Staying in the picture with Roger Federer in Dubai: ‘You can click away’

Roger Federer on what it's like to constantly be the focus of the lens

roger federer
Roger Federer is in action in Dubai this week Photo: Marianne Bevis

It has always been hard to ignore Roger Federer.

Count the records, admire the style, respect the professionalism, enjoy the approachability, but more than anything else, absorb the scale and passion of an army of fans that seems to grow with every match played, with every tournament won or lost.

These days the buzz that once accompanied every city where he set down his racket-bag has grown into something on an entirely different scale. The very anticipation of his arrival at an airport floods Twitter, and one has only to experience a Federer-promised practice court—try Toronto or New York—to get a taste of super-stardom.

His has always been a loyal following, not just from fans but also from the more hard-nosed media who trail the tennis globe. For Federer plays this gladiatorial sport with a blend of old-fashioned and oh-so-new skills.

roger federer

Photo: Marianne Bevis

How appropriate that he should take on the elegant serve-and-volley exponent Stefan Edberg, his own idol as a youngster, in what the Swiss described as ‘an inspirational role’. Federer, you see, has the same one-handed backhand, the same graceful attack, the same proclivity for using his footwork, flow and touch at the net. Yet he has talked of evolving through an era when baseline became king as courts became slower, and he mastered every aspect of that game, too. Seventeen Grand Slams and over 1,000 match-wins don’t lie.

But his other gift is off court. He has long appreciated the importance of his role in publicising tennis, and has the language skills to communicate in an array of countries and situations. He is smart, confident, easy-going, and patient with the ever-growing demands made of his time.

It grows worse, perhaps, because that time is more obviously becoming a finite resource. Still playing at the highest level at 33 years of age has given Federer years to build a reputation as an ambassador, but that inevitably means he and we are on borrowed time.

roger federer

Photo: Marianne Bevis

So to return to the beginning, yes the armies of fans grow apace, the press rooms are increasingly packed—even after an injury-truncated match such as yesterday’s quarter-final against Richard Gasquet—and of course the double-edged sword of social media keeps him in the public glare.

He came later than some to Twitter, and more recently to Instagram, but even there he has done so with aplomb and wit. He’s proved a dab hand with one of the essential tools of the trade, too: selfies.

Every post is lapped up, and autograph signings have become photo ops for the hundreds who gather around every entrance and exit, and he obliges with pose after pose.

For through all these years, one medium has remained a core component of the media machine. It is not just in the hands of fans that photos are an essential memento of a meeting. Courtside, the clattering reverberation of cameras is an integral part of every match, as every action and gesture is captured for posterity.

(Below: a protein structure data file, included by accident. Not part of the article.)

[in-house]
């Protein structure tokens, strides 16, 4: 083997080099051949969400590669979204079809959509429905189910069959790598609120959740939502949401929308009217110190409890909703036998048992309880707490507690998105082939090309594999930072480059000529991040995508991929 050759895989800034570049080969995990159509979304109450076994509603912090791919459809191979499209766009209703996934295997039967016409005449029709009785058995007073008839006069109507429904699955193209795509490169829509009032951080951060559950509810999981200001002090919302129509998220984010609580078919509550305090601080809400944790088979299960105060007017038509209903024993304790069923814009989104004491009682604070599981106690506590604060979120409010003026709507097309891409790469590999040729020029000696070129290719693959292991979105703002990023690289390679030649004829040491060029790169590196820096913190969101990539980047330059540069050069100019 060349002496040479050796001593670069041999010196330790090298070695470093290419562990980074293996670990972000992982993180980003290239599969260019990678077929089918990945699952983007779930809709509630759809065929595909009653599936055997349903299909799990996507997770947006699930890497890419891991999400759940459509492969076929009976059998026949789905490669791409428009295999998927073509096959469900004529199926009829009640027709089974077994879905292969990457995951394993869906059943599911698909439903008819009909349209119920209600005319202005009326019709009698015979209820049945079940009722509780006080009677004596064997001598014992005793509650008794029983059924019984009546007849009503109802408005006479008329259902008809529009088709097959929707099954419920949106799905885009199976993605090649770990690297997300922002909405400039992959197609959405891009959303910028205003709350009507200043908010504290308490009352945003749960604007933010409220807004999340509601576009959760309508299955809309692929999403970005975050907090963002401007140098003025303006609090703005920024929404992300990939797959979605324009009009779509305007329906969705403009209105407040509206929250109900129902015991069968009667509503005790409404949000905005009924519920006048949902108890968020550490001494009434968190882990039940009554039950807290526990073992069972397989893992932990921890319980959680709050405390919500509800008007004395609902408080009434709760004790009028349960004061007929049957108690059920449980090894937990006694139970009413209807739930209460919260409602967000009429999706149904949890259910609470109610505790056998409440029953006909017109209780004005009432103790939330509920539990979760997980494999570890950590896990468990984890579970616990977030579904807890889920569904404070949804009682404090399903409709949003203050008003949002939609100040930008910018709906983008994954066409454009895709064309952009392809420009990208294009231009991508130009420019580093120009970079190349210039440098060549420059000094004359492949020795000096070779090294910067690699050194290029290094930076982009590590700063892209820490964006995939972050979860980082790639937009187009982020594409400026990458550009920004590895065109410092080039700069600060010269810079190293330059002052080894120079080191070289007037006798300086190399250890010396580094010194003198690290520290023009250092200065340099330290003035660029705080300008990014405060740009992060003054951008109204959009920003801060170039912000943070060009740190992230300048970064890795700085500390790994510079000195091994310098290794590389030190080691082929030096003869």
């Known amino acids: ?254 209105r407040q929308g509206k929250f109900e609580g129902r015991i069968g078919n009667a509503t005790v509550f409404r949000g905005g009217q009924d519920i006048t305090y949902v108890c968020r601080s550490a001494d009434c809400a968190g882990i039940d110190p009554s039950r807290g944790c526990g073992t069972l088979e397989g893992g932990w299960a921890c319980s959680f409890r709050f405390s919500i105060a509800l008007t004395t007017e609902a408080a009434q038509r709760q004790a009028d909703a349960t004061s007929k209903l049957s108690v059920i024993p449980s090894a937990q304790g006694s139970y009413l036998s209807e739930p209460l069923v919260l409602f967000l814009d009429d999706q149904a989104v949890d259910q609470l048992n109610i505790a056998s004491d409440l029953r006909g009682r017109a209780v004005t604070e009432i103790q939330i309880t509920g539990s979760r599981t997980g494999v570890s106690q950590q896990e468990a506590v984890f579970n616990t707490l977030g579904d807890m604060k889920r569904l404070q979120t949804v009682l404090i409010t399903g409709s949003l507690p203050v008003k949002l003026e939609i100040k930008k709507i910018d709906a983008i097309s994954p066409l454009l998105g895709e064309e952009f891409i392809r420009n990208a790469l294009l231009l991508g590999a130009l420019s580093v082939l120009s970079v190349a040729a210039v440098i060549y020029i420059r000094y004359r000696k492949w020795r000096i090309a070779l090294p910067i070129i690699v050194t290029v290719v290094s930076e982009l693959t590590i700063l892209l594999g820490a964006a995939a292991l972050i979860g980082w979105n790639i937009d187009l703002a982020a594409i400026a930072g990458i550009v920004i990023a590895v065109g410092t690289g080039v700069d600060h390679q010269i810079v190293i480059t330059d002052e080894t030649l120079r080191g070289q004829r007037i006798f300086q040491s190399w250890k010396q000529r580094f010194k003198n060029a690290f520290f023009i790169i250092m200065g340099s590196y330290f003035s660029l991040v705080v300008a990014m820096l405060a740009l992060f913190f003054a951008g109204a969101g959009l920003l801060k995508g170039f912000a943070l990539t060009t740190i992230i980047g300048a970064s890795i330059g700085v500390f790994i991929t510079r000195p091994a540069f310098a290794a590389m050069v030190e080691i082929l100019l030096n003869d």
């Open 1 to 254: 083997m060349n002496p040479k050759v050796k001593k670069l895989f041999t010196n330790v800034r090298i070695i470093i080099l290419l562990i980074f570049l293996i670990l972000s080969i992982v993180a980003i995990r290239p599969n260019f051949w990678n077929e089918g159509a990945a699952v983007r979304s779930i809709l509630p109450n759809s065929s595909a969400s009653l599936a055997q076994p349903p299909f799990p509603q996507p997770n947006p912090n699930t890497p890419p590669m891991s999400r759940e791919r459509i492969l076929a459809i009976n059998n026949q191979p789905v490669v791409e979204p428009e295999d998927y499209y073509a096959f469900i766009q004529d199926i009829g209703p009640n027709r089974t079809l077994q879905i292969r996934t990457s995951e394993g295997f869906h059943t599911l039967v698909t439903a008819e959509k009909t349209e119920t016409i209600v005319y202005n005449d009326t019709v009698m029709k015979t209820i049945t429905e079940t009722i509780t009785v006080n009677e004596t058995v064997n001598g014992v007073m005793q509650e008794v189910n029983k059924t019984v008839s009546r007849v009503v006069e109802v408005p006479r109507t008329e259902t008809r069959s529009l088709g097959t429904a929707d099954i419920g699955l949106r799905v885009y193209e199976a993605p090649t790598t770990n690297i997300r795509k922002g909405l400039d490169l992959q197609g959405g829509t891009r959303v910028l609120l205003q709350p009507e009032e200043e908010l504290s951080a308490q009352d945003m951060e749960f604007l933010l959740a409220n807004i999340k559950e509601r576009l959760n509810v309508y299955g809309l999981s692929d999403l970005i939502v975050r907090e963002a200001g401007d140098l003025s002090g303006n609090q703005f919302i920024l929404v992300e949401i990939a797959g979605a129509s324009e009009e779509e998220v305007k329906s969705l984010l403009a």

It looks and sounds intrusive, but Federer treats it as he does everything else around his sport: objectively, pragmatically, with an eye for the ‘bigger picture’.

roger federer

Photo: Marianne Bevis

Asked about the intrusion, he says: “The clicking sound [many photography clicks]… like that? [Laughter]

“Yeah, I have heard it sometimes. It’s extreme, you know, when let’s say the shadow creeps across the court like in the Australian Open or French Open. Sometimes that can be the case, and the body is half in the shade and half in the sun, because I know the photographers like that light.

“Then you toss the ball and you hear about a 100 clicks. When it’s that extreme, so many together at the same time, I have been aware of it, or when they are at the French Open in the dugout behind you, you can also hear it very well sometimes.

“Disturb me? I don’t think so. But you ask them politely not to do it, you know there is no way they are going to stop taking pictures! Next thing you know, two points later you don’t even think about it any more and you actually don’t hear it any more.

“It’s like that guy with the plastic bag who rattles it and you hear it if you focus on that. But if you don’t focus on it, you don’t hear it.

“So it’s not really disturbed me over the years at all, actually. You can continue clicking away… [smiles as shutters clatter from back of press conference]”

‘It is a truth universally acknowledged’ that it is hard to take a bad photo of Federer in action, so the pits are always as packed as the press rooms.

For how much longer will those lenses delight in his backhand or his glide to the net? Who knows: but the results of his labours will be around long after he’s gone.

MORE: Click here to see more photos of Roger Federer

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